June 06, 2007
Modern Times (1936)
The arrival of sound to films in 1927 (in the movie "The Jazz Singer") was definitely a major turning point in history of cinema, and one that would have enormous consequences in the motion picture industry of those years. Only 2 years after "The Jazz Singer" was released, sound films ("talkies") became the dominant format in cinema, and slowly the silent era reached its end and with it the careers of those who couldn't make the transition. Of course, sound faced harsh opposition from many prominent artists of silent movies like directors Sergei Eisenstein and Charlie Chaplin, who felt that sound diminished the art of cinema instead of elevating it. Soon, both directors would find themselves forced to get with the times and make the transition, but Chaplin wouldn't quit without a last laugh. 1936's silent movie "Modern Times" would be Chaplin's sweet farewell to his beloved silent era, and with it, to his most famous character: the Tramp.
"Modern Times" is the story of a factory worker (Chaplin as the Tramp), who works at an assembly line in an enormous industrial facility. The constant overworking begins to take its toll in him and suffers a mental breakdown that sends him to the hospital. After his recovery, he discovers that he is no longer an employee, as the workers are on a strike, and are now marching towards the factory. By a weird series of circumstances, the Tramp is arrested after being confused with a Communist leader, and sent to jail where he spends literally the best time of his life. After being released for good behavior, he finds himself again jobless and on a very difficult condition, so he plans to return to jail as soon as possible; however, his plans will change after he meets an orphan girl gamine (Paulette Goddard), who is living in a harshest condition than his.
As usual, "Modern Times" was not only a movie directed by Chaplin, but also written and produced by himself; and once again he returns to his familiar mix of drama and comedy that he had been perfect over the years with monumental classics like "The Gold Rush" and "City Lights". This time however, Chaplin takes a more politically charged approach and fills his comedy with his ideas about the harsh life of factory workers, dehumanization, and the Great Depression. While this often unsubtle use of comedy as an outlet for his ideologies could had been damaging for the story in other writer's hands, Chaplin creates a joyfully optimist and very humanist plot that helps to make easier to enjoy and understand the overtly political tone of the film. The story is written in an episodic form, but it flows with nicely thanks to its nonstop series of excellent gags that keep the fun coming.
Visually, the movie is probably Chaplin's greatest artistic achievement, as he extends the themes of his screenplay to the overall look of the film. With a clever use of montage (obviously inspired by Soviet filmmakers) and several nods to German expressionism, Chaplin brings to life his vision of society slowly transforming into a industrialized monster where there is hardly any place for love and happiness. The excellent art direction by Charles D. Hall and J. Russell Spencer is an essential piece for this and it's definitely a highlight of the film, as it truly makes "Modern Times" feel "modern". While for the most part Chaplin manages to keep a good balance between the drama and the comedy of the film, he can't help but fall on excessive sentimentalism, making the film feel a bit too preachy at times.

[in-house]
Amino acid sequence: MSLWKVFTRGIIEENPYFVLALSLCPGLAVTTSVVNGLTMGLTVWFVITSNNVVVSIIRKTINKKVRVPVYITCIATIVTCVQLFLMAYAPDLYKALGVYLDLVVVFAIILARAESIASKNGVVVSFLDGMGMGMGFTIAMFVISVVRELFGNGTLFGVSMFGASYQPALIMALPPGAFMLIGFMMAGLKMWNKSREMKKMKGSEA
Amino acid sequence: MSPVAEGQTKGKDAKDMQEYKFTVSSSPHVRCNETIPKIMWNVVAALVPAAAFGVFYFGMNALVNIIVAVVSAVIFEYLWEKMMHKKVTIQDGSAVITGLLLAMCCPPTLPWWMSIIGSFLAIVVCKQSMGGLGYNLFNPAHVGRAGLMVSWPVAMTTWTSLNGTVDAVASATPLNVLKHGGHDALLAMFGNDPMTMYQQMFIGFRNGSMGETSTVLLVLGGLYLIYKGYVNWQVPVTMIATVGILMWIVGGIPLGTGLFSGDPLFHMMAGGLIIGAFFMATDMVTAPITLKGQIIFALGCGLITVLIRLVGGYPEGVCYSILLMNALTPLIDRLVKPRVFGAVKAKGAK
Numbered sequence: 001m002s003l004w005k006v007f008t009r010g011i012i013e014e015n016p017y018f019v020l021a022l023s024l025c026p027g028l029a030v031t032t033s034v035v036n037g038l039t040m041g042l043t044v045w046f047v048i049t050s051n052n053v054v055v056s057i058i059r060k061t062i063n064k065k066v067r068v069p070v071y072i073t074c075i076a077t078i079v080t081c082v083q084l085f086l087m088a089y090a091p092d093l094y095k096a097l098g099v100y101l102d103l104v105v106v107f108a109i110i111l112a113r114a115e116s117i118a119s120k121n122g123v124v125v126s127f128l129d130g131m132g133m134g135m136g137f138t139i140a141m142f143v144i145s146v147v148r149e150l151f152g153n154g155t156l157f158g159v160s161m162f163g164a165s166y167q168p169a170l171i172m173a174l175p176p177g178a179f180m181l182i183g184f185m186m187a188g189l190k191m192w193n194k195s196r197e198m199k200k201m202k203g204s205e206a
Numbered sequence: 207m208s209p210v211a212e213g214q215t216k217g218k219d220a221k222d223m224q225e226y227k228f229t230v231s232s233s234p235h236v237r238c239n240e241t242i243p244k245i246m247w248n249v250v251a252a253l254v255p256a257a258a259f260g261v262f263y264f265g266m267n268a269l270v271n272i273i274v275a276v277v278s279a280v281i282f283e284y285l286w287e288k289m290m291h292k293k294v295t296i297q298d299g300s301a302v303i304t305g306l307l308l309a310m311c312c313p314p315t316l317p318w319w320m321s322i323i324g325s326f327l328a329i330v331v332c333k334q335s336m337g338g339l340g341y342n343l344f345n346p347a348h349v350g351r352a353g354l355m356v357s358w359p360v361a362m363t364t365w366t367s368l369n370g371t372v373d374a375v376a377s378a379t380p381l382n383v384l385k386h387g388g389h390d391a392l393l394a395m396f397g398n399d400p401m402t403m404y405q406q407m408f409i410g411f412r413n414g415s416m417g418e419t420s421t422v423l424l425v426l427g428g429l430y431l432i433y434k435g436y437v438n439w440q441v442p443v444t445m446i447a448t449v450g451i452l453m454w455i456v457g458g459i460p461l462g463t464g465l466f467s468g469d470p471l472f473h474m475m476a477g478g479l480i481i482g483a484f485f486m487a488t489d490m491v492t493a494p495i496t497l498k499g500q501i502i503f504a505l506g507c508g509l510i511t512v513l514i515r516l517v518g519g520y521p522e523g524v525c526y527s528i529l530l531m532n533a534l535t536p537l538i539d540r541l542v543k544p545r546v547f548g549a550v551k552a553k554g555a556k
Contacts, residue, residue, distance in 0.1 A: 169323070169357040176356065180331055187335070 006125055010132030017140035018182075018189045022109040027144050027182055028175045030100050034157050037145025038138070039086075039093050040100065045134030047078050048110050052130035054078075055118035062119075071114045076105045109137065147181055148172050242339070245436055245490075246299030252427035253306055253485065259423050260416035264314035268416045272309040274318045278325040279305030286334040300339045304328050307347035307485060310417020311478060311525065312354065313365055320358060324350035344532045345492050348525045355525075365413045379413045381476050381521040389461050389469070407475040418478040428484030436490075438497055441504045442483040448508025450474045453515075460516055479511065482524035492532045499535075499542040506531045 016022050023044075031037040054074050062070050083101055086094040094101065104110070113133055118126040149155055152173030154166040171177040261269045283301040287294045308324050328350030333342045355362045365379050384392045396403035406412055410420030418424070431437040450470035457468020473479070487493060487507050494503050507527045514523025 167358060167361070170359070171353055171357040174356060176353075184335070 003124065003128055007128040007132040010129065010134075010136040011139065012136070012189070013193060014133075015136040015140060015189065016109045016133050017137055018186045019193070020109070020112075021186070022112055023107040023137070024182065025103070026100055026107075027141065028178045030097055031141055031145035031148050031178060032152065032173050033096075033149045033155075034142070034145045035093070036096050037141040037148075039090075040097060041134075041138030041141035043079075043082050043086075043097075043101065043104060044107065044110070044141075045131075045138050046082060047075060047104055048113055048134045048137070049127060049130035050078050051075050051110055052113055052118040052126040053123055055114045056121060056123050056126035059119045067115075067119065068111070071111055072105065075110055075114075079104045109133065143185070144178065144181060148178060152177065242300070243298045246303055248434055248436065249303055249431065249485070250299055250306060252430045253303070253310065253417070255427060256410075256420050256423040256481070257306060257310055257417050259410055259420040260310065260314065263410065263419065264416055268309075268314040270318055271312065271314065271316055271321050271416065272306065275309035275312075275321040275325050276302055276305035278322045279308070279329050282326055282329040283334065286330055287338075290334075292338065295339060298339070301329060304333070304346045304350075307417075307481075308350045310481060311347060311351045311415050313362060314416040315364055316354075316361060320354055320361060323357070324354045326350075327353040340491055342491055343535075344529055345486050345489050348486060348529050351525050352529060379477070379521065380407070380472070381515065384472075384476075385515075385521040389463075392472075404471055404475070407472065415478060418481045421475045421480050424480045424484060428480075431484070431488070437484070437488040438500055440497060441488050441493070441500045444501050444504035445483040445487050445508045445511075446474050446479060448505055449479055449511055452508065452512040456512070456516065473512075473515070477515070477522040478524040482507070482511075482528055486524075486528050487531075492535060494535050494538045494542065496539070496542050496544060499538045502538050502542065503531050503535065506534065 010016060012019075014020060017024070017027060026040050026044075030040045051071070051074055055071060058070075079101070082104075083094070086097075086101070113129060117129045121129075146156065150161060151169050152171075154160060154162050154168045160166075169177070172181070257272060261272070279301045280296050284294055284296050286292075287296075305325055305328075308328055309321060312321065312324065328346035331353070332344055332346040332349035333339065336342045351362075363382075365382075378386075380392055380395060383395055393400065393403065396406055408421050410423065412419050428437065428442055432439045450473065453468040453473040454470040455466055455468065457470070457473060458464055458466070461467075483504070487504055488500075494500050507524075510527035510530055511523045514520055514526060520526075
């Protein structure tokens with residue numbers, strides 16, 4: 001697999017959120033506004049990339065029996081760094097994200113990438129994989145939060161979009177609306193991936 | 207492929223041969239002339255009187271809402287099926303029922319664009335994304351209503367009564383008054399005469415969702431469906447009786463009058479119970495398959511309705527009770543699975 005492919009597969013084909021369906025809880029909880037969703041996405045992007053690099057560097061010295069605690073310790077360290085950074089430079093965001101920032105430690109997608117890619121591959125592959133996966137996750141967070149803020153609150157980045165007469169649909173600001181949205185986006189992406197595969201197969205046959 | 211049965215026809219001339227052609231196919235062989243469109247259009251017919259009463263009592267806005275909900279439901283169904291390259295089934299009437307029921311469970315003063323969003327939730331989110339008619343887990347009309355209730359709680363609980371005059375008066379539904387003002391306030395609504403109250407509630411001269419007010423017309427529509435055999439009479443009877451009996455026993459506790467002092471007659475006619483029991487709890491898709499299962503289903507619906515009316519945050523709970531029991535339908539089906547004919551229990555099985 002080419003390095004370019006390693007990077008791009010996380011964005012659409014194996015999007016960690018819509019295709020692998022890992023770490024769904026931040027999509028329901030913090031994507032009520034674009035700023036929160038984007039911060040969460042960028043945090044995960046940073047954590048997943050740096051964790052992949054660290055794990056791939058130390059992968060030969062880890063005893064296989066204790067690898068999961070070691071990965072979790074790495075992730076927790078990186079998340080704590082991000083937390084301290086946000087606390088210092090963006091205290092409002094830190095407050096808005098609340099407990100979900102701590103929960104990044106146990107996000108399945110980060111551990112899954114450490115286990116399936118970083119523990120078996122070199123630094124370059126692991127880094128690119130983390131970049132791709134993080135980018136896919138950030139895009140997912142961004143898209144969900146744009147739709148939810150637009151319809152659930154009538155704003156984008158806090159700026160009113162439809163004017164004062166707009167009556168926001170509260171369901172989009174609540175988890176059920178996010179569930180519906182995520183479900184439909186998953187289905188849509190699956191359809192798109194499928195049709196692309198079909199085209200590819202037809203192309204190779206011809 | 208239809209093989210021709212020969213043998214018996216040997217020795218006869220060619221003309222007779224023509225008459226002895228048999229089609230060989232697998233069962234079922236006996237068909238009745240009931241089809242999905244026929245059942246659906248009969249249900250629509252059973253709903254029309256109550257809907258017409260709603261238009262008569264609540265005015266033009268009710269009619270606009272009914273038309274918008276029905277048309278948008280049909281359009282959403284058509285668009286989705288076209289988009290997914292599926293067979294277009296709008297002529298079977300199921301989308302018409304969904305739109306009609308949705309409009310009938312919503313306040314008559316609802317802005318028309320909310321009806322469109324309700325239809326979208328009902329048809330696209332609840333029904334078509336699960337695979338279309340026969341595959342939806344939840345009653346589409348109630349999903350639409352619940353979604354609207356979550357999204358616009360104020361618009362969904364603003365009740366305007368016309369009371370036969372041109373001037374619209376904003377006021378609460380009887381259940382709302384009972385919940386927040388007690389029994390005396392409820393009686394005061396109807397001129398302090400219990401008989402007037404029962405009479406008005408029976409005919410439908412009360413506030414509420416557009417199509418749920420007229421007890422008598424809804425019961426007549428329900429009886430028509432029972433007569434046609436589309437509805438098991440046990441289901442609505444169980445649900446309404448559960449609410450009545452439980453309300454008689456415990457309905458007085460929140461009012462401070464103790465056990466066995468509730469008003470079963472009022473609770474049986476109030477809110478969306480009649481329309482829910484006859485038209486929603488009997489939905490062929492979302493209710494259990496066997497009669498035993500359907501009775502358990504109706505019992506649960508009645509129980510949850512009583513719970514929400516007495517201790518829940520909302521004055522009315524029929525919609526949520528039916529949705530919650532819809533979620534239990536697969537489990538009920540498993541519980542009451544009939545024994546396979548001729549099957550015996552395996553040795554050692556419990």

The main cast, as in every Chaplin movie, is remarkable in their performances, and each one of them truly add a lot of their personalities to their roles. As his most famous character, the Tramp, Chaplin here is pure gold and as always, he fills the screen with his charming presence and enormous comedic talent. His body control shines in several scenes of slapstick comedy that are nowadays classics, and he also shows off his total domain of pantomime as he easily transmits the audience that joyful optimism that has become the Tramp's trademark. As the Tramp's counterpart, Paulette Goddard is simply beautiful, displaying a natural charm and freshness that makes her character the Tramp's best sidekick since Jackie Coogan in "The Kid".
While this movie was supposed to be Chaplin's first "talkie", he quickly dismissed the idea as he considered that his Tramp character worked better without speaking; so with this in mind the legendary comedian decided to transform "Modern Times" into a hybrid: a "talkie" in the silent era style, where every sound in the film is audible except the human voice. In fact, the only spoken voices that become audible are the ones that come out of machines (radio for example), keeping in touch with the script's themes of humanity trapped by the modern industrial nightmare. This could also be seen as Chaplin making fun of "talkies", as while technically he shot a movie with sound, he faithfully followed classic conventions of the silent era like title cards and specially, the pantomime style of acting.
"Modern Times" is without a doubt one of Chaplin's best films, and one of the most interesting comedies of all time. While it kind of lacks that naiveté that made "The Gold Rush" such an amazing experience, it offers a new and more sophisticated style of comedy. As the last movie of the silent era and the Tramp's final on-screen apparition, "Modern Times" is a timeless classic that even today helps us to remind that despite the advent of the modernization, there's still place for happiness, as in the Tramp's words, "Buck up - never say die, We'll get along."
Buy "Modern Times" (1936)